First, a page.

We are using a tiny S08JM16 with only 1 KByte of RAM. Processor Expert is generating as well the linker file which has an allocation for the stack. By default this is 0x80 (128 bytes) for the S08JM16. But as we are using a separate stack for each RTOS task, I need less. I reduce the stack size needed for this in the Processor Expert settings. The settings are in the CPU component, Build Options tab:

Processor Expert Stack Size

Processor Expert Stack Size

I have set to 0x50 in this project. This has to be enough for:

  1. Startup code (__startup(), initializing memory after reset).
  2. Calling main().
  3. Everything I do in main(), including interrupts. Note that I will create tasks in main() and start the scheduler.

Hint: how to know how much stack is needed? I use a very simple method: I allocate initially enough stack, then while debugging I write a pattern (e.g. 0xFF) into the stack area using the Memory View. Then I execute my code and immediately see what is changed in memory. This plus a margin of say 10% is then my number.

Task Default Stack Size

The other thing to think about is how much stack size I want to use by default for each task. This is configured in the RTOS properties:

Minimal Stack Size

Minimal Stack Size

I have it changed here to 100 as this should be enough for my tiny application.

Note: the ‘minimal stack size’ is using ‘stack units’ as entity. For the S08 core this is a byte, so ‘100’ means ‘100 bytes’. But for other architectures (e.g. ColdFire or Kintetis/ARM) a stack entry is 4 bytes, so then ‘100’ means really ‘400 bytes’.

The generated code will use that value for the macro configMINIMAL_STACK_SIZE which I can use in my code. That minimal stack size is used for the FreeRTOS IDLE Task, so should be chosen carefully. But it is possible at run-time to spend more stack for the user tasks at task creation time.

Note: Keep in mind that for architectures *not* having a separate stack for the interrupts (like the S08), the stack size should be large enough as well for the interrupts happening at the task execution time. Many weird problems are caused by stack overflows. FreeRTOS has ways to detect stack overflows, but in any doubt it is a good practice to increase the stack size in case of problems to see if this solves a problem.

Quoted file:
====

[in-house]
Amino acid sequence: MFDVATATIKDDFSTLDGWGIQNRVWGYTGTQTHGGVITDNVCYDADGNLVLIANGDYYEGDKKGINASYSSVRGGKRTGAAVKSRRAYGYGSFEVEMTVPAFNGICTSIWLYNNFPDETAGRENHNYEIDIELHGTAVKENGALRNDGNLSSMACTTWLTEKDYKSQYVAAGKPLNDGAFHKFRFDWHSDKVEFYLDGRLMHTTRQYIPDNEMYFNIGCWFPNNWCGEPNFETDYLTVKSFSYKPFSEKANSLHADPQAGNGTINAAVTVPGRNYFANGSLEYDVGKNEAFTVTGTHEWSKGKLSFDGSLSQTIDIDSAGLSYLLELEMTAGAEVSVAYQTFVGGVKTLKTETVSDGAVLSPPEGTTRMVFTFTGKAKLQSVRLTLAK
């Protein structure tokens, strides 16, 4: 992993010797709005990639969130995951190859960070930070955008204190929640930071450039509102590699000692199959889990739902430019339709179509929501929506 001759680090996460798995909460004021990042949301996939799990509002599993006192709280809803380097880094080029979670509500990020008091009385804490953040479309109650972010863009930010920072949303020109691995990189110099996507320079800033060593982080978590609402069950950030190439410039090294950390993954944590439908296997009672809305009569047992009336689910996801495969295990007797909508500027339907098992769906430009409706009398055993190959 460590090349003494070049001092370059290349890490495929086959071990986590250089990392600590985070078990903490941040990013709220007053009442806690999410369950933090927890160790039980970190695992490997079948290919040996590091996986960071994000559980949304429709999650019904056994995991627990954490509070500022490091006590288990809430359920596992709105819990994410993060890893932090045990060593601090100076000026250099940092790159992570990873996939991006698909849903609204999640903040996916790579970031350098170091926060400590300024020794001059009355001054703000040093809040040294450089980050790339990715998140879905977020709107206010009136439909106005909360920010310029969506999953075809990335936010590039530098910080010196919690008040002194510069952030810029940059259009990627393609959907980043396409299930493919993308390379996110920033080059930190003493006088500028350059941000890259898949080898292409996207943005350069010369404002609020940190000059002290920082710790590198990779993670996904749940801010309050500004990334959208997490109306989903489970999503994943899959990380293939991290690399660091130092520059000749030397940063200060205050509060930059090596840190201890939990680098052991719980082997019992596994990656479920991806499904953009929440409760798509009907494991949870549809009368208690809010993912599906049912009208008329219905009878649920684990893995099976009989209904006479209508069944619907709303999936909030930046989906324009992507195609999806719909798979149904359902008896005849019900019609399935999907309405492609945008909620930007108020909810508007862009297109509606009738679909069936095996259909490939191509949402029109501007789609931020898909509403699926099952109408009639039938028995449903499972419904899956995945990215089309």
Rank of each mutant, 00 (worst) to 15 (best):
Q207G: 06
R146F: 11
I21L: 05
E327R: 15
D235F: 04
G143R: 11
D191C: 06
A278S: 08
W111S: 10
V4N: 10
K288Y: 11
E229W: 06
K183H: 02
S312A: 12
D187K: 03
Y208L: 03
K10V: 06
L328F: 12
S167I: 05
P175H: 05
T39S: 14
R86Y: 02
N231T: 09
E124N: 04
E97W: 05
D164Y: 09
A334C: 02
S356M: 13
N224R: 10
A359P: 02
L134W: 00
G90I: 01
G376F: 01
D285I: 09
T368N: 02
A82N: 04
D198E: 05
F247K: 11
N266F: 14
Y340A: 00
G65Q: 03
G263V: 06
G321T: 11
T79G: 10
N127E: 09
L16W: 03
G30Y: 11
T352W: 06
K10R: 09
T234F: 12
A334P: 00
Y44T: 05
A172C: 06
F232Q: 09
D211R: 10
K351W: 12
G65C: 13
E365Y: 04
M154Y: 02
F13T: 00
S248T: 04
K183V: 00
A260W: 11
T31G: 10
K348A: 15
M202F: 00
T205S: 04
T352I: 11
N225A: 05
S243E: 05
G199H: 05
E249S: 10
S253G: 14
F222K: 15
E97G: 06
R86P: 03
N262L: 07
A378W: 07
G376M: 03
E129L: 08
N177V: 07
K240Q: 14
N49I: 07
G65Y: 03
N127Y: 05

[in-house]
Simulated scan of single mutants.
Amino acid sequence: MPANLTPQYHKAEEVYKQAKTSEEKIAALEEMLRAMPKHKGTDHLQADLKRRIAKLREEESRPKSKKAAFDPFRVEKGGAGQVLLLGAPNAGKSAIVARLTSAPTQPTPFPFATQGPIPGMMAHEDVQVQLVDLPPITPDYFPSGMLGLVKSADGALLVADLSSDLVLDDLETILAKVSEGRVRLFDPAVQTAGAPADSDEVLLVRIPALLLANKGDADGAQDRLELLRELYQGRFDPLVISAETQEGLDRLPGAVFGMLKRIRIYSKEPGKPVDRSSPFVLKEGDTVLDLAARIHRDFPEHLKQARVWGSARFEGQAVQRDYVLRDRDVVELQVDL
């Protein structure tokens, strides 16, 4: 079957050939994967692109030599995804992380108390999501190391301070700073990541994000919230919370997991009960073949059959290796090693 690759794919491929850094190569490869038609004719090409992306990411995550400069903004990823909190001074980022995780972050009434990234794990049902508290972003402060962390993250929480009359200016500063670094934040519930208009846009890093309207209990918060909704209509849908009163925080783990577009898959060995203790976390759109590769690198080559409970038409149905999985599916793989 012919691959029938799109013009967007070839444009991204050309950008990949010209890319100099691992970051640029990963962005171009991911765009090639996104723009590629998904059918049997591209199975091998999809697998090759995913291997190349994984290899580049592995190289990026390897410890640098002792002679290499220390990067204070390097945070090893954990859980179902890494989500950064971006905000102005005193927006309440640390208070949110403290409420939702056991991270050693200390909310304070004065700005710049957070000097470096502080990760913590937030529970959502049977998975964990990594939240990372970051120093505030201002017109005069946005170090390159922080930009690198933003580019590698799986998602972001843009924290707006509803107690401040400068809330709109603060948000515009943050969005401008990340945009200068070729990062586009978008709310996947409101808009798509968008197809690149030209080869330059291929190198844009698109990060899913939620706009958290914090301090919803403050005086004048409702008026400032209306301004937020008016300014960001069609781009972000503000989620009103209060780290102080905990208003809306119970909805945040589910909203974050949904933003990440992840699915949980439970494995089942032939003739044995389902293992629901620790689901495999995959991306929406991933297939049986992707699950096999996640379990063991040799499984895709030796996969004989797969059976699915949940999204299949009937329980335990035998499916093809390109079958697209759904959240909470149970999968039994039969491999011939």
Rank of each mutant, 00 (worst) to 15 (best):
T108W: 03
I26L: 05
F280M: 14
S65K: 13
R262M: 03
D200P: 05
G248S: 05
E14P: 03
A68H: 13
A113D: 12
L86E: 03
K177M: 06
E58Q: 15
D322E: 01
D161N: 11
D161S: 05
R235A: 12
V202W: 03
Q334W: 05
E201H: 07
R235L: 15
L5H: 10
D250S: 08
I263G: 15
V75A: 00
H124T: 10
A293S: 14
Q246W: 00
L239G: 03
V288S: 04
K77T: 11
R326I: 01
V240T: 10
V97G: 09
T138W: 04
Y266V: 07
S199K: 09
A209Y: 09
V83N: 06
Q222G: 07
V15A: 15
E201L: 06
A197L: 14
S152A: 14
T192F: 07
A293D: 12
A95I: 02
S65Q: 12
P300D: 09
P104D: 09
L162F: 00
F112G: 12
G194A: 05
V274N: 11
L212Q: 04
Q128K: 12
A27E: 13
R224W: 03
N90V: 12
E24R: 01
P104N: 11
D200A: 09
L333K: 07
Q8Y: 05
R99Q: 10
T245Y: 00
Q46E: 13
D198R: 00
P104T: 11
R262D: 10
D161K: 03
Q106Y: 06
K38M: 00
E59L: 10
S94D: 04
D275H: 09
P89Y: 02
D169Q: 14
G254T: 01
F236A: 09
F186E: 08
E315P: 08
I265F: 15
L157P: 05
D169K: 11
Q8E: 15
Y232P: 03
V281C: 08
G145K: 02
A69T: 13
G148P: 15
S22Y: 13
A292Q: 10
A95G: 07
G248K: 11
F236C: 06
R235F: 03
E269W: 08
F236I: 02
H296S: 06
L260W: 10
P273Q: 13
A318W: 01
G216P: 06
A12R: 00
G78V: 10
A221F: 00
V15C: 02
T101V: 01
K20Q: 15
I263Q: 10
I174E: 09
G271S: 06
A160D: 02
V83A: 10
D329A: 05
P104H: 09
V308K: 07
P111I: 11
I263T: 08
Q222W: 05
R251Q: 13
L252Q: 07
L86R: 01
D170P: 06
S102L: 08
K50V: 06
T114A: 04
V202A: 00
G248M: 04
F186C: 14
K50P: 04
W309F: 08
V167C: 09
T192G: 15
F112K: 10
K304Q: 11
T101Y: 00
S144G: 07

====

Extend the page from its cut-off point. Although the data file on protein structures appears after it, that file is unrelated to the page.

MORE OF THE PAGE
FreeRTOS Heap Size

FreeRTOS is using a dynamic heap for task stacks and descriptors. That heap is used as well for other RTOS infrastructure like queues and semaphores. As my microcontroller used only has 1 KByte of RAM, I set it to 800 bytes (which leaves 200 bytes for other global variables and system stack):

FreeRTOS Heap Size

FreeRTOS Heap Size

Saving Processor Expert Settings

Unsaved Processor Expert settings are indicated with a ‘*’ in the Component Inspector. To save the settings, I press CTRL-S (for Save) or use the Save All toolbar icon:

Unsaved Processor Expert Settings
Unsaved Processor Expert Settings

Generating Code

Now it is time to generate code with our components. An easy way to generate code is

  1. Select the .pe file
  2. Press the ‘generate code’ toolbar icon in the Project Panel View
Generate Code Icon
Generate Code Icon

Progress of code generation is reported with progress information:

Generating Code Progress Information
Generating Code Progress Information

Additionally status information is shown in the Console View:

Processor Expert Information in Console View
Processor Expert Information in Console View

Inspecting Generated Code and Documentation

The generated code and documentation is placed into two special folders inside the project:

Generated code and documentation folder
Generated code and documentation folder

It has generated as well a file ProcessorExpert.c which contains the main() (see Disable my Code Generation for more details):

main() in ProcessorExpert.c
main() in ProcessorExpert.c

Adding Two Tasks

Tasks in FreeRTOS are easy to implement. Below is the source code for two tasks which blink one LED each. To delay the task for a specific time the RTOS API function vTaskDelay() is used: